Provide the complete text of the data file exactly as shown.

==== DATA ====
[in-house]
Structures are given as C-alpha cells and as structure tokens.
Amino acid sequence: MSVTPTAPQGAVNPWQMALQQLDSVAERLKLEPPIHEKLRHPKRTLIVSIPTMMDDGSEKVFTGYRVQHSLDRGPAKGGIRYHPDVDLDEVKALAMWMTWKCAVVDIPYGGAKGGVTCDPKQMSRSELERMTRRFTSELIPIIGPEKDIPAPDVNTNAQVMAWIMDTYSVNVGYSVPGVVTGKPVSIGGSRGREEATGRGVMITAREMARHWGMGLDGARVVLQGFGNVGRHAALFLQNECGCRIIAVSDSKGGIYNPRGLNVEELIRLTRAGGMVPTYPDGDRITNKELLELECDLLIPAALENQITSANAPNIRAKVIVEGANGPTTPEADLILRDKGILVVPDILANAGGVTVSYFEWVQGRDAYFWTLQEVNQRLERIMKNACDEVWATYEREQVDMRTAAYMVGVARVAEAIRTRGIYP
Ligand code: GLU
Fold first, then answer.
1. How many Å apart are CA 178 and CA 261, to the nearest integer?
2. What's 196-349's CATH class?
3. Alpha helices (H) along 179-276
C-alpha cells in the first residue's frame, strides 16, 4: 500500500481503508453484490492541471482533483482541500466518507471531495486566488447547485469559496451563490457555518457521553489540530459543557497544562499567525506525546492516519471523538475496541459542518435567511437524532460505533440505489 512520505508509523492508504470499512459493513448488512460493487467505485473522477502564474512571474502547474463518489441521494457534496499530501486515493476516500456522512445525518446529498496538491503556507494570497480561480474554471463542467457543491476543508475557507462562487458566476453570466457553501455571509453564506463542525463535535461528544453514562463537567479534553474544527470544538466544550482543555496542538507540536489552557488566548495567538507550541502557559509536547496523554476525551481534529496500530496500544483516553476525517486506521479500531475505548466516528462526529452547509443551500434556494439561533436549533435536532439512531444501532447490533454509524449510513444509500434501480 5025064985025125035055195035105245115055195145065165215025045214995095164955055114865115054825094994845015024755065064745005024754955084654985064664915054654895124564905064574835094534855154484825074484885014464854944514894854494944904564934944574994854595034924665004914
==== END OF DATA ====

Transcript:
[in-house]
Structures are given as C-alpha cells and as structure tokens.
Amino acid sequence: MSVTPTAPQGAVNPWQMALQQLDSVAERLKLEPPIHEKLRHPKRTLIVSIPTMMDDGSEKVFTGYRVQHSLDRGPAKGGIRYHPDVDLDEVKALAMWMTWKCAVVDIPYGGAKGGVTCDPKQMSRSELERMTRRFTSELIPIIGPEKDIPAPDVNTNAQVMAWIMDTYSVNVGYSVPGVVTGKPVSIGGSRGREEATGRGVMITAREMARHWGMGLDGARVVLQGFGNVGRHAALFLQNECGCRIIAVSDSKGGIYNPRGLNVEELIRLTRAGGMVPTYPDGDRITNKELLELECDLLIPAALENQITSANAPNIRAKVIVEGANGPTTPEADLILRDKGILVVPDILANAGGVTVSYFEWVQGRDAYFWTLQEVNQRLERIMKNACDEVWATYEREQVDMRTAAYMVGVARVAEAIRTRGIYP
Ligand code: GLU
Fold first, then answer.
1. How many Å apart are CA 178 and CA 261, to the nearest integer?
2. What's 196-349's CATH class?
3. Alpha helices (H) along 179-276
C-alpha cells in the first residue's frame, strides 16, 4: 500500500481503508453484490492541471482533483482541500466518507471531495486566488447547485469559496451563490457555518457521553489540530459543557497544562499567525506525546492516519471523538475496541459542518435567511437524532460505533440505489 512520505508509523492508504470499512459493513448488512460493487467505485473522477502564474512571474502547474463518489441521494457534496499530501486515493476516500456522512445525518446529498496538491503556507494570497480561480474554471463542467457543491476543508475557507462562487458566476453570466457553501455571509453564506463542525463535535461528544453514562463537567479534553474544527470544538466544550482543555496542538507540536489552557488566548495567538507550541502557559509536547496523554476525551481534529496500530496500544483516553476525517486506521479500531475505548466516528462526529452547509443551500434556494439561533436549533435536532439512531444501532447490533454509524449510513444509500434501480 5025064985025125035055195035105245115055195145065165215025045214995095164955055114865115054825094994845015024755065064745005024754955084654985064664915054654895124564905064574835094534855154484825074484885014464854944514894854494944904564934944574994854595034924665004914